17. My name is Rochelle. I host the Cooking and DC & DelMarVa forums here on eGullet. Long timers may remember the Diary of a Cooking School Student I kept back when I studied at L’academie de Cuisine for my culinary degree. Fans of the Foodblogs may recall that I completed a turn in the hot seat about a year ago, when I was the chef for a sorority at the University of Maryland (34 Hungry College Girls). My, how things change in a short year. Since I kept that sorority-chef blog, my life has shifted dramatically. My husband, who is almost done with a doctoral degree in music, landed a position at Shepherd University in Shepherdstown, WV (about 85 miles from Washington, DC), which he started in August 2005. So we sold our house in Takoma Park, MD and moved to Harpers Ferry, WV last summer. This meant I had to leave my job at the sorority…which was okay with me, it was getting a little boring although it was a fun and fairly easy job to do and do well. So, what next for me? I had long fantasized about teaching cooking skills, and I decided to try to piece together a career that would include that as one of my primary revenue streams. I also wanted to try my hand at catering, and I wanted to land some sort of regular food writing gig. So I founded my own business, Rochelle Myers Catering and Cooking Classes, and got cracking. Last fall, I catered a few weddings and private parties, and I managed to line up some teaching gigs for this winter. I also teach private classes when I can find the work. And I even managed to hook up a monthly gig writing a “Cooking 101” column for the Martinsburg, WV Journal-News. I’m always looking for more work, but for now I’m pretty busy. This past summer, we discovered that I am pregnant with our first child. The future food nerd/music snob is slated to arrive sometime around 10 April. We feed him only the best…my homemade food via the umbilical cord, and a steady diet of classical music via my mp3 player and a set of earbuds stuck in the waistband of my maternity jeans. I expect that when he turns 14 he’ll be listening to thrash metal or gangsta rap or whatever the equivalent is at that time and eating McDonald’s as a rebellion against his super-focused artistic parents. We couldn’t be more excited about our baby and eagerly await meeting him. Right now, I am teaching a bunch of one-off cooking classes at Frederick Community College in Frederick, MD (about 30min away), and also teaching a six-course “basics of cooking” series for Jefferson County (WV) Public Schools Adult Education program. This week, I’m also putting together my next column for the Journal-News, so there should be a visit from a staff photographer who comes and snaps images of my work-in-progress to publish with my article. My mom is visiting this weekend because there is a baby shower being held in my household on Saturday;she might be bringing a friend, and I expect to cook for them a little bit, plus probably have one or two meals out at some of our limited local restaurants. On Sunday, I’ll be going back to my alma mater, L'academie de Cuisine, to check out their 30th anniversary gala dinner—should be a good time, they’ve invited back a bunch of alums to prepare special dishes for the event. In between, I’ll be eating whatever strikes my pregnant-lady fancy, preparing low-carb meals for my husband who is losing weight, and sleeping about 10 hours per day. Gather ye antacids while ye may…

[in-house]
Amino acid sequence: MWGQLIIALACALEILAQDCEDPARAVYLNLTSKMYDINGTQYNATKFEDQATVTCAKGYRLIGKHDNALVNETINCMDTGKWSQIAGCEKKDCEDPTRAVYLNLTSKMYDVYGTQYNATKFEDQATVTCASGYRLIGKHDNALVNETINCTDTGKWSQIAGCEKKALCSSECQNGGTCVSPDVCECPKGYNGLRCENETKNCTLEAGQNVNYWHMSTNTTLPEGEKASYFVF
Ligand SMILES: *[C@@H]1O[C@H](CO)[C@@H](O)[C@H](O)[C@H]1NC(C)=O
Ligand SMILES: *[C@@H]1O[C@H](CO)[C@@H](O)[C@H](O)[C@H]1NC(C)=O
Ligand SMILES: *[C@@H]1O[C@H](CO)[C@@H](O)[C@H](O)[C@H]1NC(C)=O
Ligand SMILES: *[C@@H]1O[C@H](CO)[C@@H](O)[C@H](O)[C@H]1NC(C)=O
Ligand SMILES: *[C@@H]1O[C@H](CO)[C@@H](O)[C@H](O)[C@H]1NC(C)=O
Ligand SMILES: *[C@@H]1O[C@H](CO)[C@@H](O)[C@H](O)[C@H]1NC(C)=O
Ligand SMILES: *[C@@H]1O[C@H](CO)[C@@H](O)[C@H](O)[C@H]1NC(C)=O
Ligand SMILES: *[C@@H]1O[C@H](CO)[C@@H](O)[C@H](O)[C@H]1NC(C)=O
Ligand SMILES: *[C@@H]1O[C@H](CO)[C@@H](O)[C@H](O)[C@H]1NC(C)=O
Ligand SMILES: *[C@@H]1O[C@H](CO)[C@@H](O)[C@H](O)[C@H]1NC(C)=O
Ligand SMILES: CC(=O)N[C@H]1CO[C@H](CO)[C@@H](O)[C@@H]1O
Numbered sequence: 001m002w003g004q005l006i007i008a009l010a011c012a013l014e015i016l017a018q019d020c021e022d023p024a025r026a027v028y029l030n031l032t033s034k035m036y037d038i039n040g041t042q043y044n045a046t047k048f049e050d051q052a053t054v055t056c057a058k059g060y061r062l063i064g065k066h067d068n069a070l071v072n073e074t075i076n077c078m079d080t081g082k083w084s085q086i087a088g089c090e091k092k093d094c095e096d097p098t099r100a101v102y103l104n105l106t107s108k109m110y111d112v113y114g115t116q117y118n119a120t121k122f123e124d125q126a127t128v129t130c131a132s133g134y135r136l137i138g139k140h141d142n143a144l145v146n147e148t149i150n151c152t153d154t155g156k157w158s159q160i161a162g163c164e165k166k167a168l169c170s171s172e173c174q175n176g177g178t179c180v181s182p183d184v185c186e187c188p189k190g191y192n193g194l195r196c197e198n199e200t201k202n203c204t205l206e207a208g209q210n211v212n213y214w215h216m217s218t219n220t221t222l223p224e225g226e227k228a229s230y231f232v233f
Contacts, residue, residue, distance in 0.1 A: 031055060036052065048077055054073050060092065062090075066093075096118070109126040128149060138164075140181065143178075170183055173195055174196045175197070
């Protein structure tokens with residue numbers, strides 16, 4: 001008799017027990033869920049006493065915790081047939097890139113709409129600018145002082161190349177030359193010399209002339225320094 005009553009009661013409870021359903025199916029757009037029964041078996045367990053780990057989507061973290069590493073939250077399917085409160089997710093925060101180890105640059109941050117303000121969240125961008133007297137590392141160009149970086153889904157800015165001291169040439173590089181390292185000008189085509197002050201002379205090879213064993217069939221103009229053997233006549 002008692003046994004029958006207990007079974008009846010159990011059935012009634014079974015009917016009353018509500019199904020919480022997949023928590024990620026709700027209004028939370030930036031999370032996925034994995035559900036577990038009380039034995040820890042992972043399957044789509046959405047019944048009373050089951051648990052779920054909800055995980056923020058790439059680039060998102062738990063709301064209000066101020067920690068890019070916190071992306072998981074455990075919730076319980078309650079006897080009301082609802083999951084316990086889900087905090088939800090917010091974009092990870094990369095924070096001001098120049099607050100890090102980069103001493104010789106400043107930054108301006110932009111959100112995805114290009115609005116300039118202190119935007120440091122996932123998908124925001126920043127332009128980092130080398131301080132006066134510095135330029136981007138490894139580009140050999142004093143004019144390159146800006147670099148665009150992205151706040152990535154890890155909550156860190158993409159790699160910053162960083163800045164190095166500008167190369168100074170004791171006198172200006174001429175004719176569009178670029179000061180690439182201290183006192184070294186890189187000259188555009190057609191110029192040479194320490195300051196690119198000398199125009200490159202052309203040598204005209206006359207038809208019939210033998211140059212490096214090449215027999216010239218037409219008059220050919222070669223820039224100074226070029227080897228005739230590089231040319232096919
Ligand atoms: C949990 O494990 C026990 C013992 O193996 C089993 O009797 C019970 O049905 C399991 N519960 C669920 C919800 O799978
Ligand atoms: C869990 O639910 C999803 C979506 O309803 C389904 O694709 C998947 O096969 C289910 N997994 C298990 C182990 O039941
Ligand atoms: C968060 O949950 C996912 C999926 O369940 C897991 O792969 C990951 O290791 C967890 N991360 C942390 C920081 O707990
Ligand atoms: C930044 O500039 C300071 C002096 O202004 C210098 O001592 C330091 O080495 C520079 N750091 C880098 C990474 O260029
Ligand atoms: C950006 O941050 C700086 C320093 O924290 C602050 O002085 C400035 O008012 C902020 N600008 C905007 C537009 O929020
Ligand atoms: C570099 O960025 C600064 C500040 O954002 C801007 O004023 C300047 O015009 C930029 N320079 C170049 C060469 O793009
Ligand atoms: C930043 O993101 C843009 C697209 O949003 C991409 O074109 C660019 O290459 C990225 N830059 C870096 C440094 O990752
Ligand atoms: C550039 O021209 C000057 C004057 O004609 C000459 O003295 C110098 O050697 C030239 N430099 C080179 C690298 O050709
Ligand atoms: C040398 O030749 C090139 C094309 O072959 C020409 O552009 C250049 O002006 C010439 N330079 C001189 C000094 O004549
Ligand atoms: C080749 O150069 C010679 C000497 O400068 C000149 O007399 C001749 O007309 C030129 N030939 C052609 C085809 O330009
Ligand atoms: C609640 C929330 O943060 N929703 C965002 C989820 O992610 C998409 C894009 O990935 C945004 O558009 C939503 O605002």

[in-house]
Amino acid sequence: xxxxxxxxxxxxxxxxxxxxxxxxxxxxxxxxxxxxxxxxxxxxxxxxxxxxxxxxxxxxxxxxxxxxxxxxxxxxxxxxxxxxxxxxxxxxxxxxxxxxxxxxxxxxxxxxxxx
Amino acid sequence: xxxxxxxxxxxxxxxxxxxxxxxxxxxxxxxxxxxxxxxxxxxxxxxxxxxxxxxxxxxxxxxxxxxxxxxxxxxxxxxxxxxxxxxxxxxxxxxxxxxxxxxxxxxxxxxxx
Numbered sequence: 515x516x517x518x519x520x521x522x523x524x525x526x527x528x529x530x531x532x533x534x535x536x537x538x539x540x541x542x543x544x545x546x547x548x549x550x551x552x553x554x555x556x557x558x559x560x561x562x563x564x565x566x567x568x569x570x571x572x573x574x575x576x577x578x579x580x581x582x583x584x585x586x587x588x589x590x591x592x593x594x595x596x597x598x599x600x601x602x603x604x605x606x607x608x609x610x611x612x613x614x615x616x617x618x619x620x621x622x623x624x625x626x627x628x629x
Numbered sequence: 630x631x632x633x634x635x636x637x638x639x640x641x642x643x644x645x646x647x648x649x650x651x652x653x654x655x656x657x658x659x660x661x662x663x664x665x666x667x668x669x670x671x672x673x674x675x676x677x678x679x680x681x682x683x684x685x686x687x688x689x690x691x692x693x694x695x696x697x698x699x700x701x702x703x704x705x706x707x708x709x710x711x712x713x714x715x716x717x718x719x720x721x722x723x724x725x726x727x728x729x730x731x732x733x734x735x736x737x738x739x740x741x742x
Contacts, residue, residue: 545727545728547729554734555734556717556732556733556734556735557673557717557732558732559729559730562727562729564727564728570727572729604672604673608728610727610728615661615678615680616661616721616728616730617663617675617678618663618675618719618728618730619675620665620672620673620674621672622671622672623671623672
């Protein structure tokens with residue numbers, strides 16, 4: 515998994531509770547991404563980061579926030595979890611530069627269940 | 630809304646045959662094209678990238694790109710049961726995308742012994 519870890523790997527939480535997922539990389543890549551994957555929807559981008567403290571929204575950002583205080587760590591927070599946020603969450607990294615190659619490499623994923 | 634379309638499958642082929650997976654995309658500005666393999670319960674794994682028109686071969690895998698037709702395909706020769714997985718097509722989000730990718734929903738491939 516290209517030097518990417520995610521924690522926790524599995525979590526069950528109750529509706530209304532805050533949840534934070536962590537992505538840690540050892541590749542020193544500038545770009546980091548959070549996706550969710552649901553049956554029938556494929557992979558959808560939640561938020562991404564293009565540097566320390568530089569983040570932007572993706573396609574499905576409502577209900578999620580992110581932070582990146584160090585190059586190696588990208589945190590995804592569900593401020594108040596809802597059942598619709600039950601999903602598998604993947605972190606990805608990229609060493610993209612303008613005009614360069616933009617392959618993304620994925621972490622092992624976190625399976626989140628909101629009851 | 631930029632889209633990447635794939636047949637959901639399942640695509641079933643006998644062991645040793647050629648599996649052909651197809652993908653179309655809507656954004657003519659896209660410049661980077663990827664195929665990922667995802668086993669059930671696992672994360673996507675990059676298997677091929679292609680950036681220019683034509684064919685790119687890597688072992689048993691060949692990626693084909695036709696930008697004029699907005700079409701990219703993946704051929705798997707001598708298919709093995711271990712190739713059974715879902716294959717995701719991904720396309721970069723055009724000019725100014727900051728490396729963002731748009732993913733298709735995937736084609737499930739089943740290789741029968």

18. This Foodblog is a Foodblog unlike any other. It's the first time we've ever done a Foodblog with more than two participants. Second, three Society members will each embark on a very special journey over the next twelve days...and hopefully remain on course once this installment is over. Each of them has decided to quit smoking. This Foodblog will explore certain food-related issues that will arise from their decision: associated weight gain, healthier diet, better sense of taste, and an all-around sense of well-being and wholesomeness. Whilst there is no formal program unlike two of our previous Tag Teams -- A Tale of Two Kitchens and When Pocky Meets Pad Thai -- here is a general overview of things to come: Thursday, 2 February: Asian cooking using dishes from the various pictorials in the China forum Saturday, 4 February: Roasting meats Monday, 6 February to Wednesday, 8 February: Cuban cuisine Saturday, 11 February: Smoking pork butt Also planned are big breakfasts on the weekends and at least one meal at an "institution" school cafeteria, convention hall etc. Finally, I would like to take this moment to dedicate this Tag Team to the memory of my grandfather and my stepfather. You see, my grandfather died of lung cancer when I was ten years old. It was a devastating blow to my grandmother. Michael, my stepfather, died a few years ago of a heart attack caused in part by his diabetes -- which might have been exacerbated due to his smoking. Although he went cold turkey in the early 1990s, I firmly believe that had he quit even earlier than that, that he would still be alive today. As you can see, this Tag Team is very special to me. I hope that it's a special one for you too. Soba